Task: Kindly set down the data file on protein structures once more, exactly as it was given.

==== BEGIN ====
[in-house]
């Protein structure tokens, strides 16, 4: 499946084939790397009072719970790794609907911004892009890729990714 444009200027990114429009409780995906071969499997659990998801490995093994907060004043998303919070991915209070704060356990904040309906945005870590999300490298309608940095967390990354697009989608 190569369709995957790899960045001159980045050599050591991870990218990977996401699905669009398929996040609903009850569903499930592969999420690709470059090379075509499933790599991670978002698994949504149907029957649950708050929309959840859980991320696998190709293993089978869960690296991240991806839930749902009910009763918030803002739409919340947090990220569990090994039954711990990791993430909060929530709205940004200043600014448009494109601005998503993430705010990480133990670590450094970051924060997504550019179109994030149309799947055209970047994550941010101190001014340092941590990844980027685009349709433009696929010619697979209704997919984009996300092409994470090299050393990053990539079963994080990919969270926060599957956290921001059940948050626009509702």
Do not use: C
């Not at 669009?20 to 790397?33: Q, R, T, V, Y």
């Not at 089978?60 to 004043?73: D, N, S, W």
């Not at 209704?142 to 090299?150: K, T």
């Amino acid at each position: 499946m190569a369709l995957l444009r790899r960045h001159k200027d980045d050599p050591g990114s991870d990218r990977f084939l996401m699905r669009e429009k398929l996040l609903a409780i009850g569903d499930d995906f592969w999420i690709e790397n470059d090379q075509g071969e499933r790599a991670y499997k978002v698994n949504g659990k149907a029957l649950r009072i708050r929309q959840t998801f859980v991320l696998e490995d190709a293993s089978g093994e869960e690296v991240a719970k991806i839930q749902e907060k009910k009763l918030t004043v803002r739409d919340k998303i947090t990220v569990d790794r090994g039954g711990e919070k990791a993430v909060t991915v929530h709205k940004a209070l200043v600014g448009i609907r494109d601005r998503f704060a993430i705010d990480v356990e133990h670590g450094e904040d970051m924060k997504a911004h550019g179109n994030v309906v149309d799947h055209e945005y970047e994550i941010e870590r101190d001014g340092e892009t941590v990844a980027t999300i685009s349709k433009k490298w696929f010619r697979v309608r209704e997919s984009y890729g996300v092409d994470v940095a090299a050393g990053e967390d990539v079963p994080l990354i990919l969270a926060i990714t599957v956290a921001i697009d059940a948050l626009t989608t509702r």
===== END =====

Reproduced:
[in-house]
């Protein structure tokens, strides 16, 4: 499946084939790397009072719970790794609907911004892009890729990714 444009200027990114429009409780995906071969499997659990998801490995093994907060004043998303919070991915209070704060356990904040309906945005870590999300490298309608940095967390990354697009989608 190569369709995957790899960045001159980045050599050591991870990218990977996401699905669009398929996040609903009850569903499930592969999420690709470059090379075509499933790599991670978002698994949504149907029957649950708050929309959840859980991320696998190709293993089978869960690296991240991806839930749902009910009763918030803002739409919340947090990220569990090994039954711990990791993430909060929530709205940004200043600014448009494109601005998503993430705010990480133990670590450094970051924060997504550019179109994030149309799947055209970047994550941010101190001014340092941590990844980027685009349709433009696929010619697979209704997919984009996300092409994470090299050393990053990539079963994080990919969270926060599957956290921001059940948050626009509702």
Do not use: C
């Not at 669009?20 to 790397?33: Q, R, T, V, Y």
């Not at 089978?60 to 004043?73: D, N, S, W």
């Not at 209704?142 to 090299?150: K, T």
């Amino acid at each position: 499946m190569a369709l995957l444009r790899r960045h001159k200027d980045d050599p050591g990114s991870d990218r990977f084939l996401m699905r669009e429009k398929l996040l609903a409780i009850g569903d499930d995906f592969w999420i690709e790397n470059d090379q075509g071969e499933r790599a991670y499997k978002v698994n949504g659990k149907a029957l649950r009072i708050r929309q959840t998801f859980v991320l696998e490995d190709a293993s089978g093994e869960e690296v991240a719970k991806i839930q749902e907060k009910k009763l918030t004043v803002r739409d919340k998303i947090t990220v569990d790794r090994g039954g711990e919070k990791a993430v909060t991915v929530h709205k940004a209070l200043v600014g448009i609907r494109d601005r998503f704060a993430i705010d990480v356990e133990h670590g450094e904040d970051m924060k997504a911004h550019g179109n994030v309906v149309d799947h055209e945005y970047e994550i941010e870590r101190d001014g340092e892009t941590v990844a980027t999300i685009s349709k433009k490298w696929f010619r697979v309608r209704e997919s984009y890729g996300v092409d994470v940095a090299a050393g990053e967390d990539v079963p994080l990354i990919l969270a926060i990714t599957v956290a921001i697009d059940a948050l626009t989608t509702r």